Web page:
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No high school graduation: Immigrant Charlotte teen must leave for Mexico

Guz Zamudio, 18, will leave the country within 30 days. A federal immigration judge denied his request Tuesday to be allowed to return to Charlotte to graduate from Northwest School of the Arts and return to his native Mexico afterward. Because Zamudio avoids deportation, he can apply immediately for a visa to return to the States
Guz Zamudio, 18, will leave the country within 30 days. A federal immigration judge denied his request Tuesday to be allowed to return to Charlotte to graduate from Northwest School of the Arts and return to his native Mexico afterward. Because Zamudio avoids deportation, he can apply immediately for a visa to return to the States

There will be no homecoming for Gus Zamudio, and the Charlotte high school senior will not be graduating with his classmates at Northwest School of the Arts. Instead, the 18-year-old will be leaving the country within 30 days.

An immigration judge in Georgia ruled Tuesday that Zamudio must exit the country under a “voluntary departure” order as soon as he can pay for a plane ticket to Mexico City.

Zamudio’s attorney, Marty Rosenbluth of Raleigh, said the court’s decision represents a small victory for his client, who has faced deportation since his February arrest for embezzling $2,900 from the Harris Teeter store on Providence Road where he worked.

That felony charge was pleaded down to a misdemeanor last week, and a Mecklenburg judge granted Zamudio a prayer for judgment, which under North Carolina law is not considered a guilty plea.

Tuesday morning, with nine friends and supporters of Zamudio in the courtroom, the immigration judge rejected Rosenbluth’s request that the teen be freed on bond and allowed to remain in the country for 120 days so he could graduate from Northwest.

Instead, the judge says Zamudio has until April 27 to voluntarily depart, and he will remain in high-security Stewart Detention Center in Lumpkin, Ga., for however long it takes him to finalize travel plans to Mexico City, where he has family. Friends say Zamudio came to the country with his family when he was 4 or 5.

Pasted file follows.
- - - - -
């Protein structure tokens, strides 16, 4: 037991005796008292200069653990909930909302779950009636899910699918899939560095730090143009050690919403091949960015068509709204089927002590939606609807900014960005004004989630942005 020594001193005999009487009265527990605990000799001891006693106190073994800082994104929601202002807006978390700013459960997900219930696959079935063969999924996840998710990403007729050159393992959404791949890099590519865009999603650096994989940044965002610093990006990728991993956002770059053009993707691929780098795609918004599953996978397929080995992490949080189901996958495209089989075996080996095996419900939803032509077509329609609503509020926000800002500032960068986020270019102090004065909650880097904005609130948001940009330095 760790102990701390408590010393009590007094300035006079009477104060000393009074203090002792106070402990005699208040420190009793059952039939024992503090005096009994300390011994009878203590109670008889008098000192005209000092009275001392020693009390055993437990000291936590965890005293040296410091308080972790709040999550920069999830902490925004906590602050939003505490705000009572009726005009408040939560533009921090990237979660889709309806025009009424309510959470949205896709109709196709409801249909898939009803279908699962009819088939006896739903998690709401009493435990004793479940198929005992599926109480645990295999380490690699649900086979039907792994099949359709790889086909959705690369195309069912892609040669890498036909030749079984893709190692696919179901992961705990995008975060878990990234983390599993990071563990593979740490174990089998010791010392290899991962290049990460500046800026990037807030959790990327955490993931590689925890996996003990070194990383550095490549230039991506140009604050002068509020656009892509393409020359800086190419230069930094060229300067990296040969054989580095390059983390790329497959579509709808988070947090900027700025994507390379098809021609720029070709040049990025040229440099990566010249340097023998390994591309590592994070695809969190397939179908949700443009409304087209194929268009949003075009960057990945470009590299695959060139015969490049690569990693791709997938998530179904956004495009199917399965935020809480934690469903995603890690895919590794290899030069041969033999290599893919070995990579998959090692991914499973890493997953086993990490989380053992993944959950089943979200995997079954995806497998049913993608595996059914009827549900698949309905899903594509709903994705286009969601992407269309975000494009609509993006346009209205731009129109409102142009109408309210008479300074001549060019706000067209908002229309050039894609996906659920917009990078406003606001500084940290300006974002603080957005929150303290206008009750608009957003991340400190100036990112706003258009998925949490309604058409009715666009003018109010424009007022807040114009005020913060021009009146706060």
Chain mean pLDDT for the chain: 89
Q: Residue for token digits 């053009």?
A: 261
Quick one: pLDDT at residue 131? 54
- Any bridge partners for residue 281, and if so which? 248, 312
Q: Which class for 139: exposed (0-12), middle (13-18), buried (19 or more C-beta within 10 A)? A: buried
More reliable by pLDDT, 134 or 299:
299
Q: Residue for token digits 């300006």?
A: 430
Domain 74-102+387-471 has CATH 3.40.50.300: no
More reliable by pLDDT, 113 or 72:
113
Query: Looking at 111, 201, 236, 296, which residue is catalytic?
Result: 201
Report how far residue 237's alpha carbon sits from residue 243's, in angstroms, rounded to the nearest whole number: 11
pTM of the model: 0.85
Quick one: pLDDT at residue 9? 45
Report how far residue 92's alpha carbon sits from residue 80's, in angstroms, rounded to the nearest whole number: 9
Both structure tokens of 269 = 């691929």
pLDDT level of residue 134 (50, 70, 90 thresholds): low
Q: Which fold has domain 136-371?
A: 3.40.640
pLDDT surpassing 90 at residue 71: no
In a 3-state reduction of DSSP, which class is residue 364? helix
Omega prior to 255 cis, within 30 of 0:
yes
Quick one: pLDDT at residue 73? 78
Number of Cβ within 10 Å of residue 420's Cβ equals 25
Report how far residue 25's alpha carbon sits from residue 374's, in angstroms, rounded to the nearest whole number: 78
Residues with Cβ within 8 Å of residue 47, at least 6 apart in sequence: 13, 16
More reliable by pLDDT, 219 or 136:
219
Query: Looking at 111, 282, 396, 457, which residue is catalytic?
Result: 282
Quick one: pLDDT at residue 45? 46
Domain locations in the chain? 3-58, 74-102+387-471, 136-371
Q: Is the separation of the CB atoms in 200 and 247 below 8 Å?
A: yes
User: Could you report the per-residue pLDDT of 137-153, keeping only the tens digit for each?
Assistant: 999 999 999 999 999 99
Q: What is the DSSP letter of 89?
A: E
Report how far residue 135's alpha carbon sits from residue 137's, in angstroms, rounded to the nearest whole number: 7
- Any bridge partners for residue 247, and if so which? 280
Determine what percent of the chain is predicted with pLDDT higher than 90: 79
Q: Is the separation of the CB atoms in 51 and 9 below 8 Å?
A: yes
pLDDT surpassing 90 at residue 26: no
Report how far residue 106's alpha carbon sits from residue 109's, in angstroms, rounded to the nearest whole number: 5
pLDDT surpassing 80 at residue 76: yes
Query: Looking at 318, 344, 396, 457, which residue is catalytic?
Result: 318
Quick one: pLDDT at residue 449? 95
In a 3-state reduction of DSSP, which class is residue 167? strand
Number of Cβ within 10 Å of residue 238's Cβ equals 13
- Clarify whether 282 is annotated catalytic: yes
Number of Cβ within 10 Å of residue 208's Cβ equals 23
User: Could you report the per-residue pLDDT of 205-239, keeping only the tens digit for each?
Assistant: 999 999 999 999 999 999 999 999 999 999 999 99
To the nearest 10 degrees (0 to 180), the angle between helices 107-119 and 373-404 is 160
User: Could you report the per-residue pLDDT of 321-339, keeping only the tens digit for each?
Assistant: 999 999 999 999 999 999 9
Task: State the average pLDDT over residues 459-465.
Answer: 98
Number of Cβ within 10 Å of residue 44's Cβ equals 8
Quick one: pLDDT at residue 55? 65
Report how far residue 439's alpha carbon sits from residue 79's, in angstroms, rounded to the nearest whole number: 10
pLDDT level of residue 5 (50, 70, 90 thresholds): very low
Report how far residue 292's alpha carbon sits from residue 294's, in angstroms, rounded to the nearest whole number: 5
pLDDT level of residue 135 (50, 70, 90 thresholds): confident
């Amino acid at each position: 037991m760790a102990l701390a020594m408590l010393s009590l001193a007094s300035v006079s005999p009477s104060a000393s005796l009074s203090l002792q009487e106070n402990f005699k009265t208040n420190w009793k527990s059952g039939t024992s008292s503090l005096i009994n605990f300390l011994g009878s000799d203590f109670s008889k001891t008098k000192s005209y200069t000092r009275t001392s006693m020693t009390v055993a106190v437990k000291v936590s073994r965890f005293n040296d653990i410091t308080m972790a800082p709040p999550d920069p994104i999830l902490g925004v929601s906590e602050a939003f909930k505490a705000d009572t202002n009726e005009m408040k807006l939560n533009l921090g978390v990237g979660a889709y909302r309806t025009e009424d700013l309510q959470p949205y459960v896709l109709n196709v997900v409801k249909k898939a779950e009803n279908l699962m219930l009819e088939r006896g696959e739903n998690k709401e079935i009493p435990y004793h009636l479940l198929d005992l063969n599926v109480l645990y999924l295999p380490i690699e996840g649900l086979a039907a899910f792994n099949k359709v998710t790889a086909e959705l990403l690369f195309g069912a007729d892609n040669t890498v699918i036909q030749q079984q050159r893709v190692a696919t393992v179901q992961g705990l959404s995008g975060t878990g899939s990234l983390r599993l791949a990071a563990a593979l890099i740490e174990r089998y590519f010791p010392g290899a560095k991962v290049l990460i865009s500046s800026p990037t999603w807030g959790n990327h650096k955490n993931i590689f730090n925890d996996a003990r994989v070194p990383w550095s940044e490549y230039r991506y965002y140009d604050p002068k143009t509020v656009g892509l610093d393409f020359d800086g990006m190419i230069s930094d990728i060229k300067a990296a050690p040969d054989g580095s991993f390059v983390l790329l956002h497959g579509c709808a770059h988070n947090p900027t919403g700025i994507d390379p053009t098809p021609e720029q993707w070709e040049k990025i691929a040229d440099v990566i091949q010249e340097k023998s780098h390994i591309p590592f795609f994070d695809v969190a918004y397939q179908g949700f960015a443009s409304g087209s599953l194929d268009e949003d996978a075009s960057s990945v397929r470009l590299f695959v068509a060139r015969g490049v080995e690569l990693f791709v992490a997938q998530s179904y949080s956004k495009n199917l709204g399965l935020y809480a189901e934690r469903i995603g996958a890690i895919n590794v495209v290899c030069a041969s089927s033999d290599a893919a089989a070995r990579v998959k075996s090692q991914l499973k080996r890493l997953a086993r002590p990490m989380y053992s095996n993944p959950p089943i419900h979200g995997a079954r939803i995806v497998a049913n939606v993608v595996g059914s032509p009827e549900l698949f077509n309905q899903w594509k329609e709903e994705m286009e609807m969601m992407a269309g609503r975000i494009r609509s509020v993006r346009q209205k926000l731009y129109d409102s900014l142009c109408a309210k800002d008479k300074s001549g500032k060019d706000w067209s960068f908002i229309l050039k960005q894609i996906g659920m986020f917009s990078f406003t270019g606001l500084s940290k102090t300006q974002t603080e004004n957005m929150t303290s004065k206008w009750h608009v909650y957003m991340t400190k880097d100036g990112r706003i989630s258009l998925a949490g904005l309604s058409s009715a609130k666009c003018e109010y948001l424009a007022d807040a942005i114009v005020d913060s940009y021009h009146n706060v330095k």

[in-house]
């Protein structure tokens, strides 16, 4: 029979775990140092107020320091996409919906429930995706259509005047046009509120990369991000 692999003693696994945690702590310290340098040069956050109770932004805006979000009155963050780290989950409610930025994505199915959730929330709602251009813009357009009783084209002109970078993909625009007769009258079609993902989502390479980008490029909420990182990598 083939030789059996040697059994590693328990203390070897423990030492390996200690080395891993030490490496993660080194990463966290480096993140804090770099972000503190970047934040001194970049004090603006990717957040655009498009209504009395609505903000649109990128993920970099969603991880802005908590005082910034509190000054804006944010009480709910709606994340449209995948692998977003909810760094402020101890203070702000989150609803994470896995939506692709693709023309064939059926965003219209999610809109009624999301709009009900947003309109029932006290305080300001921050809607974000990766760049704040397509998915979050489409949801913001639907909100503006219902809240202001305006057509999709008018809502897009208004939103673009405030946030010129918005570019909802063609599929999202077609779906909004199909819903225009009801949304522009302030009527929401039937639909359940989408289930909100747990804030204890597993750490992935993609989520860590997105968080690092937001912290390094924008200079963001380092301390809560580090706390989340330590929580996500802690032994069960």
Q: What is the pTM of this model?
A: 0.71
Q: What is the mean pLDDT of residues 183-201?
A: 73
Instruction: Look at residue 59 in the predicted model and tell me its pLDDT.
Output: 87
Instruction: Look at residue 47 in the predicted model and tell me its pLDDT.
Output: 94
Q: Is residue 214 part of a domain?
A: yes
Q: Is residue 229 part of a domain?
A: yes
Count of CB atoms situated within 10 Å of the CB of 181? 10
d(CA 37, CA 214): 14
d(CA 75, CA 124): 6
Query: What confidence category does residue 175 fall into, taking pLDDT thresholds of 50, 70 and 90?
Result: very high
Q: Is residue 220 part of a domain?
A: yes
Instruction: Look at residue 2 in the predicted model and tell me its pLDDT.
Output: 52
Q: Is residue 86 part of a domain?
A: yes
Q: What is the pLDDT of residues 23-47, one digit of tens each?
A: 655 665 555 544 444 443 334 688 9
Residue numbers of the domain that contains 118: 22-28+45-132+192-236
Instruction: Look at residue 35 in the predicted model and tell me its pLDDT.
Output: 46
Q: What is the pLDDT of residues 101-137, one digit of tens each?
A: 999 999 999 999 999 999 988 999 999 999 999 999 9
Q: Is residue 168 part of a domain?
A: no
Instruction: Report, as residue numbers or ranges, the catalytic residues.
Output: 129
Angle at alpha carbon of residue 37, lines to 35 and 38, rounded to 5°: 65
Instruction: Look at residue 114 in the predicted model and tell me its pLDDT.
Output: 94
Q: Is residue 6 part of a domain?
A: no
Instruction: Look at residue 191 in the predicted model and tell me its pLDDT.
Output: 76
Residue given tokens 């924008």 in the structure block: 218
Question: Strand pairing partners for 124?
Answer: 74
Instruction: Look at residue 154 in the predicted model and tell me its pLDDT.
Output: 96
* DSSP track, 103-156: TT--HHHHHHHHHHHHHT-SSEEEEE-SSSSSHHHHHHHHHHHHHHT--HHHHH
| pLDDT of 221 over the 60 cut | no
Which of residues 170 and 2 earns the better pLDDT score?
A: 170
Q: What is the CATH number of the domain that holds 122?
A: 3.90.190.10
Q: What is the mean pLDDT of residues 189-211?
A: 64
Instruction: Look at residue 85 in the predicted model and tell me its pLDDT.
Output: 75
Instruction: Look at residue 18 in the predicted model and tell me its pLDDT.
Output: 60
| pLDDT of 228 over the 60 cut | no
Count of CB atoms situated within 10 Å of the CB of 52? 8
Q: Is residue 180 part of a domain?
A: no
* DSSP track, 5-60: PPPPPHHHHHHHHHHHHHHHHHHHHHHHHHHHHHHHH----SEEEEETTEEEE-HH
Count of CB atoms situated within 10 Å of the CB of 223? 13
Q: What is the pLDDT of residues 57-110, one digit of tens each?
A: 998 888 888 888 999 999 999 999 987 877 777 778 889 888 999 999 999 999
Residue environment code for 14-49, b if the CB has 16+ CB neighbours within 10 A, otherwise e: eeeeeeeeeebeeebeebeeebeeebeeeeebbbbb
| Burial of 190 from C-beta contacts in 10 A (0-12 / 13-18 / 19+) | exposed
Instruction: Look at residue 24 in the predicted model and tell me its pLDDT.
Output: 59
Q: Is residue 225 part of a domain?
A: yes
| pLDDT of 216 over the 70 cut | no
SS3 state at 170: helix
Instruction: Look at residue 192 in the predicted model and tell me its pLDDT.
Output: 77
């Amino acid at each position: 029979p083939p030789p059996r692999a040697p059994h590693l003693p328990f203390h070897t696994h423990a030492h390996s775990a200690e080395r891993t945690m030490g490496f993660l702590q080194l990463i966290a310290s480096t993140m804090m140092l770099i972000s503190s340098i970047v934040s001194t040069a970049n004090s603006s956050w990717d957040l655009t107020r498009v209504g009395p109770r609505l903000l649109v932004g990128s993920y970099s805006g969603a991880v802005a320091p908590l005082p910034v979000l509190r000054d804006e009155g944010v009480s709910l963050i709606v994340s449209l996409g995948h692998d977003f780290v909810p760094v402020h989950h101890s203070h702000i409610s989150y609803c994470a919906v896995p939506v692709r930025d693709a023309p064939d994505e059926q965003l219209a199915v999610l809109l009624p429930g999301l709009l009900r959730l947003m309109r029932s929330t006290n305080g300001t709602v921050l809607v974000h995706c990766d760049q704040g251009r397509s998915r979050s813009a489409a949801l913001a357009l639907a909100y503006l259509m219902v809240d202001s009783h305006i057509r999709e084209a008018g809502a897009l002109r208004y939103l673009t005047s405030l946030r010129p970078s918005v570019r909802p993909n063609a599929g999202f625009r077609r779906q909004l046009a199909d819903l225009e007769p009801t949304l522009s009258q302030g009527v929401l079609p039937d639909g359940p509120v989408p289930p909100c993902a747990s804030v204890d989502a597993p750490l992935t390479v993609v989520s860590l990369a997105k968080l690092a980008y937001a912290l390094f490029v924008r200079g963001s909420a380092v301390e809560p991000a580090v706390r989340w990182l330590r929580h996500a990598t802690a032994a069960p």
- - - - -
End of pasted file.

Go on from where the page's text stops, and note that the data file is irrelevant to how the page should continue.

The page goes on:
Because of his age and the removal of the felony charge from his criminal record, Rosenbluth says Zamudio can apply immediately for a visa to return to the country. There are no guarantees he will get it, however. For now, the attorney said he is working to get Zamudio released and on a plane as soon as possible.

If he had been deported, Zamudio would have had virtually no chance of being allowed to legally get back into the country. Instead of having the chance to join family in Mexico City, he would have been “dumped at the border, where he would have faced the risk of being kidnapped, assaulted, robbed, so many things,” Rosenbluth said.

“Given his circumstances, I think we did OK. Even though it’s not a 100 percent victory, it’s a lot better than the deportation option.”

His arrest and seizure by federal officials has set off a debate throughout Charlotte over the crackdown on undocumented immigrants by President Donald Trump. Under the Obama administration, undocumented immigrants were deported after being convicted of crimes. Now, they are being jailed and processed for deportation after only an arrest.

Supporters of Zamudio say he was a successful Charlotte high school student forced to leave the country after one mistake. Critics say the 18-year-old forfeited any right to be here after he took a significant amount of money from Harris Teeter.

Classmate Anna Butler, who has roused community support for Zamudio, again made the 400-mile drive from Charlotte to be on hand for her friend’s bond hearing.

“It’s disappointing, but I think something good is coming out of this,” she said by phone on the return trip. “He’ll be able to get out of that place. It’s such a cruel place for him to be.”

After the hearing, Zamudio, clad in a navy blue inmate jump suit, wept when he met with Butler and fellow classmate Mikaela Craft. Butler says her friend’s spirits improved during the conversation. So did hers.

“We sat there and told him we still loved him, and how this doesn’t change anything. We still think he’s a good person at heart. He just made a mistake, that’s all,” Butler said.

“It was really comforting to see him and tell him stuff. It’s so much harder on the phone. To see his face and tell him we’re still here for him … it was just really important to be able to do that.”

Michael Gordon: 704-358-5095, @MikeGordonOBS

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